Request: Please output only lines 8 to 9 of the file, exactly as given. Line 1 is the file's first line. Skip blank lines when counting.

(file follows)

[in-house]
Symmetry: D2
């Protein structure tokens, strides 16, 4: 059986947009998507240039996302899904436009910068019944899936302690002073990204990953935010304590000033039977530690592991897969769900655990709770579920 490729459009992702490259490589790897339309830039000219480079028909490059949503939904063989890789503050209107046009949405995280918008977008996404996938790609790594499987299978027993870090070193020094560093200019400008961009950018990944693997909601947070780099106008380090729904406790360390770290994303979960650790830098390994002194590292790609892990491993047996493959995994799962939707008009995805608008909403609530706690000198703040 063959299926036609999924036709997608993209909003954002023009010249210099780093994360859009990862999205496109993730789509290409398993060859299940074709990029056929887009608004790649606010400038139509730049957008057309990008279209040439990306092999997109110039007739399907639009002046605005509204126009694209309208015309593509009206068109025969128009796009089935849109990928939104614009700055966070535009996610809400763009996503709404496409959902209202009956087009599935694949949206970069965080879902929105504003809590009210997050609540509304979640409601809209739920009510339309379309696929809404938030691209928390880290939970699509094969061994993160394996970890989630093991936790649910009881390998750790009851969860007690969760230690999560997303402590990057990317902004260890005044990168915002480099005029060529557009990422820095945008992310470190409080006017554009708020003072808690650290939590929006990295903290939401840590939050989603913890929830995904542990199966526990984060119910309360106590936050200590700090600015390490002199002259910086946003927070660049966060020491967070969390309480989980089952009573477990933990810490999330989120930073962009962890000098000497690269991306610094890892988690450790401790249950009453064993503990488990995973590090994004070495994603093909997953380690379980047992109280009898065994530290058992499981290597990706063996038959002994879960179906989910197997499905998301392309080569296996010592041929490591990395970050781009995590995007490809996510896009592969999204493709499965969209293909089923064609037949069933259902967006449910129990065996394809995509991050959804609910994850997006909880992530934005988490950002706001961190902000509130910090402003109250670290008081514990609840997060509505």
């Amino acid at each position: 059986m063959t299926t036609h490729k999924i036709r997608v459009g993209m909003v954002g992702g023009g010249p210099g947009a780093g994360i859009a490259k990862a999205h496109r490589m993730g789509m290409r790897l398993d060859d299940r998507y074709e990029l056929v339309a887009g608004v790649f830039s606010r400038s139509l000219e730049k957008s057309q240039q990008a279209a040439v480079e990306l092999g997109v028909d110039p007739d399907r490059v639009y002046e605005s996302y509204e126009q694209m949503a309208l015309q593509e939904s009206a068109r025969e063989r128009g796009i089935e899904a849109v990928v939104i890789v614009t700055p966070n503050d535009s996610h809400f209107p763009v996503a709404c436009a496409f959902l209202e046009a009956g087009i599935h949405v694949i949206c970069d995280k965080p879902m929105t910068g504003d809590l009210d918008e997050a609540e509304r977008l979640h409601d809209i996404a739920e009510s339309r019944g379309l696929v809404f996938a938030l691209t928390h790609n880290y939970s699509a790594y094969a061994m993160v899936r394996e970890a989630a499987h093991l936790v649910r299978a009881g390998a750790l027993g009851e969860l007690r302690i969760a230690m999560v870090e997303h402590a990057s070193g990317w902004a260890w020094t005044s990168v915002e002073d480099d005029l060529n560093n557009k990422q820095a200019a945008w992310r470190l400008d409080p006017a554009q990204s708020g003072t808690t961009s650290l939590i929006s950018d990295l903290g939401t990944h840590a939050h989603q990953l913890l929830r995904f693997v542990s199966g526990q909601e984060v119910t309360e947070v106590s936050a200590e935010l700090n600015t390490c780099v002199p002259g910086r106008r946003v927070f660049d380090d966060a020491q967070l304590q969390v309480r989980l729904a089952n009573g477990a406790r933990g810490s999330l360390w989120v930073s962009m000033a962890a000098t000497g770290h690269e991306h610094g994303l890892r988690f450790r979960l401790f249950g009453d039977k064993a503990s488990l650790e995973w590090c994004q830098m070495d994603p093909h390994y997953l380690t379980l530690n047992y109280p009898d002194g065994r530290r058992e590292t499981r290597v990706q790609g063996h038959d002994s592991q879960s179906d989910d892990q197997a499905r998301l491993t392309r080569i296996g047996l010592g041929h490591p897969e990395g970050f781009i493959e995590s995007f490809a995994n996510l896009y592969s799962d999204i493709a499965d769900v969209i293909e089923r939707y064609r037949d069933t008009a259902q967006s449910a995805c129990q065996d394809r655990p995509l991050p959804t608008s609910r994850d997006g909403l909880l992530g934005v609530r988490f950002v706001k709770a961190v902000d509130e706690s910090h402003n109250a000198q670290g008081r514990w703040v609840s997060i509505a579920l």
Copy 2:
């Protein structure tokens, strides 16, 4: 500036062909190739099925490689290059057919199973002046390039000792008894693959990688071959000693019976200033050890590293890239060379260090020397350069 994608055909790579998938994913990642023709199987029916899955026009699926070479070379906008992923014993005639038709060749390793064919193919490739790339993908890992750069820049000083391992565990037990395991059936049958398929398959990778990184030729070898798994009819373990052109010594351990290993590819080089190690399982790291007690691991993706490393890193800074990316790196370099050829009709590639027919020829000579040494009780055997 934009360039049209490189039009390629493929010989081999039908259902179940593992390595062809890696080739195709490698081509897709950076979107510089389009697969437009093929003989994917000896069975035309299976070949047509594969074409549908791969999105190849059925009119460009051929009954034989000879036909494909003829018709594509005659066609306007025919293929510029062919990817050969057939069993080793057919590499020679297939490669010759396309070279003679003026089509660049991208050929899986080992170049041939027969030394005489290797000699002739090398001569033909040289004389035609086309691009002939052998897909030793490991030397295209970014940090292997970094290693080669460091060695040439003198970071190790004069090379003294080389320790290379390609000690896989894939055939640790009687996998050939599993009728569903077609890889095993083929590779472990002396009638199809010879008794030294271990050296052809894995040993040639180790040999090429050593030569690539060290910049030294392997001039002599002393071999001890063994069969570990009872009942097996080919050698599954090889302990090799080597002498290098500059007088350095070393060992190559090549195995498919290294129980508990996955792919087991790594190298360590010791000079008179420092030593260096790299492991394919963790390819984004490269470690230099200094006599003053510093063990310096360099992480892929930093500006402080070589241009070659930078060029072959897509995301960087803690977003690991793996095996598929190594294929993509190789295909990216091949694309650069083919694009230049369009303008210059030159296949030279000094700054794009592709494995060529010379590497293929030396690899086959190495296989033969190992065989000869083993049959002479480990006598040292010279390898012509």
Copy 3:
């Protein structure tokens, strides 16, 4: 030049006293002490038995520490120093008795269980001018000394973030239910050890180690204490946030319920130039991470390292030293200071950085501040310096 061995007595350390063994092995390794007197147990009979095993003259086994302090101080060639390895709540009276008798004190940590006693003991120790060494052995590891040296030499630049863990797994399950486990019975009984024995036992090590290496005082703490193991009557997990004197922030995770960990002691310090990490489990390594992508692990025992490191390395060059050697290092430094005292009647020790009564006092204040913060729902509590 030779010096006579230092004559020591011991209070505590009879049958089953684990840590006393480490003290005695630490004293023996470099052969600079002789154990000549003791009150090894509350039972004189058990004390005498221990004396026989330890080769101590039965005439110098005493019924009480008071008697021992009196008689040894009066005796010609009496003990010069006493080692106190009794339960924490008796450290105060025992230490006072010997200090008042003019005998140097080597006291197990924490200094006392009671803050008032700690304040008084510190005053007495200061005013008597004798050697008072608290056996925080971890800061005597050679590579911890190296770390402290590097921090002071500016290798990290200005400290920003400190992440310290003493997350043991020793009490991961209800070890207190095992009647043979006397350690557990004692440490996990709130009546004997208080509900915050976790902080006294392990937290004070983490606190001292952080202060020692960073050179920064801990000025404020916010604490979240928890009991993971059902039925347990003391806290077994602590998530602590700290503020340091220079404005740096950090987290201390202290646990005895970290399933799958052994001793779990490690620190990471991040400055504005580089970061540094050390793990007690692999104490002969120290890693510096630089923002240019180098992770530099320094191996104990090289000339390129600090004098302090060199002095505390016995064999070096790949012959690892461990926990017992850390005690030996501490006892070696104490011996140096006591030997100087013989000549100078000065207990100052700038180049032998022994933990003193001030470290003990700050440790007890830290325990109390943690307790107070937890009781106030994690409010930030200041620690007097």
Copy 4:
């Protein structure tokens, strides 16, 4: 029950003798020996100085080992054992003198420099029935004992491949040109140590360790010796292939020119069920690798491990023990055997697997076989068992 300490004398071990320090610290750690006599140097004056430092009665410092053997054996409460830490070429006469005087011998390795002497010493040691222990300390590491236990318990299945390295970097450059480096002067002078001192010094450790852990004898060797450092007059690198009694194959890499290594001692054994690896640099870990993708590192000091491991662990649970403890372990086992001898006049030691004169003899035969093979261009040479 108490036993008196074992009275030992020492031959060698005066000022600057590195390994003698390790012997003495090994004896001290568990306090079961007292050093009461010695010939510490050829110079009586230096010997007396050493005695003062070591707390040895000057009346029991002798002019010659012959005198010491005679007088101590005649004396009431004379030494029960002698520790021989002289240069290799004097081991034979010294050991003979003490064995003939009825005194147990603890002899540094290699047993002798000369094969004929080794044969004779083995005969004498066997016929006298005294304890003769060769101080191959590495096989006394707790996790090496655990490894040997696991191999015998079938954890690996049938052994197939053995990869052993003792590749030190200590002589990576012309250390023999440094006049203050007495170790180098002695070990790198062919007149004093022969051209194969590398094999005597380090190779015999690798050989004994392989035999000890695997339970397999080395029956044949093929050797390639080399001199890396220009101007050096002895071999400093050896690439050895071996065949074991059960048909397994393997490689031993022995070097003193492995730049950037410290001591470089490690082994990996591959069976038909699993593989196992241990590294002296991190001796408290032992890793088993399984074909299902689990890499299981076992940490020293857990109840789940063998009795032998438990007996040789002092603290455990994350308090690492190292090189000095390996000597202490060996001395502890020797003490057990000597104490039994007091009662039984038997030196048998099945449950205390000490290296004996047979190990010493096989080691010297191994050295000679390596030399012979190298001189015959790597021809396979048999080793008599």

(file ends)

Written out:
């Protein structure tokens, strides 16, 4: 030049006293002490038995520490120093008795269980001018000394973030239910050890180690204490946030319920130039991470390292030293200071950085501040310096 061995007595350390063994092995390794007197147990009979095993003259086994302090101080060639390895709540009276008798004190940590006693003991120790060494052995590891040296030499630049863990797994399950486990019975009984024995036992090590290496005082703490193991009557997990004197922030995770960990002691310090990490489990390594992508692990025992490191390395060059050697290092430094005292009647020790009564006092204040913060729902509590 030779010096006579230092004559020591011991209070505590009879049958089953684990840590006393480490003290005695630490004293023996470099052969600079002789154990000549003791009150090894509350039972004189058990004390005498221990004396026989330890080769101590039965005439110098005493019924009480008071008697021992009196008689040894009066005796010609009496003990010069006493080692106190009794339960924490008796450290105060025992230490006072010997200090008042003019005998140097080597006291197990924490200094006392009671803050008032700690304040008084510190005053007495200061005013008597004798050697008072608290056996925080971890800061005597050679590579911890190296770390402290590097921090002071500016290798990290200005400290920003400190992440310290003493997350043991020793009490991961209800070890207190095992009647043979006397350690557990004692440490996990709130009546004997208080509900915050976790902080006294392990937290004070983490606190001292952080202060020692960073050179920064801990000025404020916010604490979240928890009991993971059902039925347990003391806290077994602590998530602590700290503020340091220079404005740096950090987290201390202290646990005895970290399933799958052994001793779990490690620190990471991040400055504005580089970061540094050390793990007690692999104490002969120290890693510096630089923002240019180098992770530099320094191996104990090289000339390129600090004098302090060199002095505390016995064999070096790949012959690892461990926990017992850390005690030996501490006892070696104490011996140096006591030997100087013989000549100078000065207990100052700038180049032998022994933990003193001030470290003990700050440790007890830290325990109390943690307790107070937890009781106030994690409010930030200041620690007097």
Copy 4: